- National Arts Ed Advocacy Campaign
Arts ARE Education is a new national campaign designed to support the ongoing value of music and the arts for PreK-12 students in the post-pandemic era.
As states face budget shortfalls due to the recession created by the COVID-19 pandemic, lawmakers must be reminded of the importance of fully funding public education to support all students and their right to a well-rounded education including music and the arts. Having states commit adequate funding for public education will be the first step toward maintaining, rebuilding and growing arts programs to reach more students in the 2021-2022 school year and beyond.
The general public, NAMM members and their school/parent networks are encouraged to reach out to state legislators using the templated letter tool below to urge that they fully fund public education for next school year.
To learn about ways to connect with and support music and arts education in your own school district, please visit the Arts ARE Education campaign website for school board resolution, advocate pledge, tools and more.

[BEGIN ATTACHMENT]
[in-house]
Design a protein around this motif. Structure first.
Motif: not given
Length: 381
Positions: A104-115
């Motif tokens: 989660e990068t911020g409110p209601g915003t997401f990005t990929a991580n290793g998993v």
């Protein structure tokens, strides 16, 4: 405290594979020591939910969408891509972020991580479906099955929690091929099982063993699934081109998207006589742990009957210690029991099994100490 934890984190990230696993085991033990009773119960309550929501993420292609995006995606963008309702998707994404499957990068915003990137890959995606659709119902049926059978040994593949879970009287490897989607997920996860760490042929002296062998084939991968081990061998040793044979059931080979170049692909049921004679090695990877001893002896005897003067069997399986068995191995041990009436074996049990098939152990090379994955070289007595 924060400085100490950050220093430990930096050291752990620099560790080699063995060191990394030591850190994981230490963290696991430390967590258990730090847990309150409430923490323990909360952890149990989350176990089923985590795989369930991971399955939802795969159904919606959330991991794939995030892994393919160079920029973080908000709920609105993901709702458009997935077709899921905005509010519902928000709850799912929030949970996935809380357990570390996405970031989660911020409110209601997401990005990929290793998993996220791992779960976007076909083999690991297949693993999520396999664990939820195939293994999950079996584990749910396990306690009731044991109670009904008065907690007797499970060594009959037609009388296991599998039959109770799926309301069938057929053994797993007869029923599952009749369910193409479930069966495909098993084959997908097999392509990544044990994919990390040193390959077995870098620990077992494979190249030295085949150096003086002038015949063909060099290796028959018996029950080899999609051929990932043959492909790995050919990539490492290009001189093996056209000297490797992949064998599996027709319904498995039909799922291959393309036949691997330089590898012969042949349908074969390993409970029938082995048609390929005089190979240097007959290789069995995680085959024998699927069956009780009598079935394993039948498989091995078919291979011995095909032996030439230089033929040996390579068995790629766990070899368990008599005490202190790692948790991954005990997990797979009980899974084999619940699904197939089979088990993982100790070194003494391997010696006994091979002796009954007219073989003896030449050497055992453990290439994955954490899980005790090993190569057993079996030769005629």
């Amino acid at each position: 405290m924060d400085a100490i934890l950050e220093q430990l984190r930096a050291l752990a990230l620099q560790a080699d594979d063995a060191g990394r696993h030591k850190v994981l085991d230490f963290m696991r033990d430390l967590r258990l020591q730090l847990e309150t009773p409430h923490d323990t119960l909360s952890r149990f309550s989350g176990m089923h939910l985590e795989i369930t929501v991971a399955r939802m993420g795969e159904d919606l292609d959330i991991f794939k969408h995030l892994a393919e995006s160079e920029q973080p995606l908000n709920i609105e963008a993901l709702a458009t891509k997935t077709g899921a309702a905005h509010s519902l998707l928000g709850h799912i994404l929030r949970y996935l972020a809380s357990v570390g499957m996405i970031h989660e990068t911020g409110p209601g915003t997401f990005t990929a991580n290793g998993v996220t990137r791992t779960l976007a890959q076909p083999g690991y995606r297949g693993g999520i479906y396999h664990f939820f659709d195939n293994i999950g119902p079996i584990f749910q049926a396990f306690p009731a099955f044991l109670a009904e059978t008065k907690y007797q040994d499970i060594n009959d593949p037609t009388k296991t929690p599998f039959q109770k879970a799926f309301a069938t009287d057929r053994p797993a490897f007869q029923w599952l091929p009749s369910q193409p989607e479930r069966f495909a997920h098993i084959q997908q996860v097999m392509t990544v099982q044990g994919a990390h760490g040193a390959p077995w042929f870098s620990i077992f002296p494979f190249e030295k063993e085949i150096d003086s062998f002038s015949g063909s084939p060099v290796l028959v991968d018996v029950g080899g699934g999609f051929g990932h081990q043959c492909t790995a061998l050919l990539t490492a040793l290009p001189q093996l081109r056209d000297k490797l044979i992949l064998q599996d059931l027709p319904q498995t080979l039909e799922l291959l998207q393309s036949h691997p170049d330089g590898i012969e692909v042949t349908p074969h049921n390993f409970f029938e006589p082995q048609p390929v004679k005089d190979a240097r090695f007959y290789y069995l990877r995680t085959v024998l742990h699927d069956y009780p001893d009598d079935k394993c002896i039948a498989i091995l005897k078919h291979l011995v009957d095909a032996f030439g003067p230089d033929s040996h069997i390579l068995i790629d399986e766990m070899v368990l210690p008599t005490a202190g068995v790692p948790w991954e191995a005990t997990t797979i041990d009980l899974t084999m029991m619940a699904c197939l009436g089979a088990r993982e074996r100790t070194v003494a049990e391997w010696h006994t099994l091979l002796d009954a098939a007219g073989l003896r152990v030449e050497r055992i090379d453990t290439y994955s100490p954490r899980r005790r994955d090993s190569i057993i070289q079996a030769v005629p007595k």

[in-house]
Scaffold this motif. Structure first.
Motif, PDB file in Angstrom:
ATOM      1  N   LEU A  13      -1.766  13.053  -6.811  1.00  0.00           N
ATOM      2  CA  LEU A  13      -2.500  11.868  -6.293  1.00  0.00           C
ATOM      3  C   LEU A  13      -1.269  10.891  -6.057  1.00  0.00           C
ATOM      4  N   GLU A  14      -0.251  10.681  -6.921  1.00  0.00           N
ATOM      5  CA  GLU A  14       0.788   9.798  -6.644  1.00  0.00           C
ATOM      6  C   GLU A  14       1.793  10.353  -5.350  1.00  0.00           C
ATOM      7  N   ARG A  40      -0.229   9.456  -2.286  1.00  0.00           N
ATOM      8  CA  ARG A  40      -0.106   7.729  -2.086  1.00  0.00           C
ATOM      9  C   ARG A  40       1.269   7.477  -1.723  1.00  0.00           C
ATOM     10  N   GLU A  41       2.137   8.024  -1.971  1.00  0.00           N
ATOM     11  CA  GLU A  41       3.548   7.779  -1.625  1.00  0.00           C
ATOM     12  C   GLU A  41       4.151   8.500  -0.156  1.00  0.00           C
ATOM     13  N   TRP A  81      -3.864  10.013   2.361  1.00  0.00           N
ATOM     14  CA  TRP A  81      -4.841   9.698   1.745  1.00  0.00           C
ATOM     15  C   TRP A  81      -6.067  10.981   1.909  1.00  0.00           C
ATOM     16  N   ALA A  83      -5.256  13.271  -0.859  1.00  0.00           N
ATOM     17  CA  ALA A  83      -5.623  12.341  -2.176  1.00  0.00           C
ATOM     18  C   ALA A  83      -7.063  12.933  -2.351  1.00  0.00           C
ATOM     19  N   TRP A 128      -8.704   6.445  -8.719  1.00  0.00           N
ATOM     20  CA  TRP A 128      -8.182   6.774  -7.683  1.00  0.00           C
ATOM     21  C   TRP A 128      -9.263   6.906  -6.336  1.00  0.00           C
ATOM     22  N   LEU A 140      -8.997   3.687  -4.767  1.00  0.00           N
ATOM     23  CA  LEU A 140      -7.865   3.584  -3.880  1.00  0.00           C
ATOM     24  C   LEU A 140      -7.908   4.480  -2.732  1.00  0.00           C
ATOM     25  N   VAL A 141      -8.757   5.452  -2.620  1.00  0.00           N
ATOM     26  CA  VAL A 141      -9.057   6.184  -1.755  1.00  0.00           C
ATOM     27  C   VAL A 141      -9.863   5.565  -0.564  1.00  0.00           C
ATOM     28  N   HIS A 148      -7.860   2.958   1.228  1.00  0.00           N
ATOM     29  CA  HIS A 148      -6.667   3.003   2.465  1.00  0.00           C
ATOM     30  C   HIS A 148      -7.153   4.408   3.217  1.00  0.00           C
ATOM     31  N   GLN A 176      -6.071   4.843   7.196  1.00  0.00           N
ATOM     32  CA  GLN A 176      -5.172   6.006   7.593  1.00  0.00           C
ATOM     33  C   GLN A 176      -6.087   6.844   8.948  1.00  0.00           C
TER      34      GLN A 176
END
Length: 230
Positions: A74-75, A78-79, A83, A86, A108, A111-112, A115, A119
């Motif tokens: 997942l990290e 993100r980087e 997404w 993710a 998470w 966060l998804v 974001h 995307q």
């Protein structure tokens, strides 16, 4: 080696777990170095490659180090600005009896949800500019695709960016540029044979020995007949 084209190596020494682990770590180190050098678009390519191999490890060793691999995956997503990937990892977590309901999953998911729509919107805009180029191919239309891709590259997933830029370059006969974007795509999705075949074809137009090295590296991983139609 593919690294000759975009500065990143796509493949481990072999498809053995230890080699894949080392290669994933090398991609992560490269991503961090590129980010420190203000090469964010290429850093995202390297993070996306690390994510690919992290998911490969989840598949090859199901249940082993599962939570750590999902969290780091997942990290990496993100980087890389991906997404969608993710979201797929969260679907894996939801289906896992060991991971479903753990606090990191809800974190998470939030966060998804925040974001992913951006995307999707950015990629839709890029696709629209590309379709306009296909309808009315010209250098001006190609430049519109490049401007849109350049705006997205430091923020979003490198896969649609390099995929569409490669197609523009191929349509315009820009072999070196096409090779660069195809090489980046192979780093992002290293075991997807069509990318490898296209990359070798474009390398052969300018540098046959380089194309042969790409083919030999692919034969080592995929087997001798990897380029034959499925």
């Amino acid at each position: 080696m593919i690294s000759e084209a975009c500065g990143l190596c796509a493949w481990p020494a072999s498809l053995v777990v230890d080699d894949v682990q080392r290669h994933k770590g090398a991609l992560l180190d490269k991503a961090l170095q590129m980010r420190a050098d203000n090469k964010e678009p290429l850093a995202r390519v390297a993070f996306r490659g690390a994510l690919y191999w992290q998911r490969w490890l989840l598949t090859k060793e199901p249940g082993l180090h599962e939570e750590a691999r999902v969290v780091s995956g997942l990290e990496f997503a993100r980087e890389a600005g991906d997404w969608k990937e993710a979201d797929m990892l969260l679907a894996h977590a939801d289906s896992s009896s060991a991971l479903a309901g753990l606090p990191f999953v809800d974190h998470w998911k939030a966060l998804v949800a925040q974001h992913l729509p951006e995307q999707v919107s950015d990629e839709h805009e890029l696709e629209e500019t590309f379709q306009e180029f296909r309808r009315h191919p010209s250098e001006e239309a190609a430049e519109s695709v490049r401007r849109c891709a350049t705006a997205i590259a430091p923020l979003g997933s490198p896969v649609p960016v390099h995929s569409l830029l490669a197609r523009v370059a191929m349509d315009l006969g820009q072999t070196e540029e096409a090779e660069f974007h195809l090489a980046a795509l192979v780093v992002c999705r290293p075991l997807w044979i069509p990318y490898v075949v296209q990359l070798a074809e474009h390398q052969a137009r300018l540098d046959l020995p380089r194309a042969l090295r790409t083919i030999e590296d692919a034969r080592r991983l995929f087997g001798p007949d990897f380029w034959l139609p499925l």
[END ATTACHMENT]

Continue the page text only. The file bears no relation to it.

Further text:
- Fall 2020 Guidance for Music Education
Created by NAMM partners, the National Association for Music Education (NAfME) and the National Federation of State High School Associations (NFHS), the Fall 2020 Guidance for Music Education document provides practical guidance for PreK-12 schools as administrators and music educators seek to provide meaningful music instruction for students during the COVID-19 pandemic.
In this unique time, music educators are modifying their practices not only in teaching, but in classroom orientation, cleaning, spacing and management. It is understood that, as trained professionals, music educators want to offer the very best instruction so all students can learn and grow in their knowledge, understanding, and love of music. This guide asserts that music educators can still do that, but also acknowledges that how this teaching is delivered may be different than in the past.
NAMM members are encouraged to distribute this valuable resource to school music networks, state and district administrators and school boards, as soon as possible.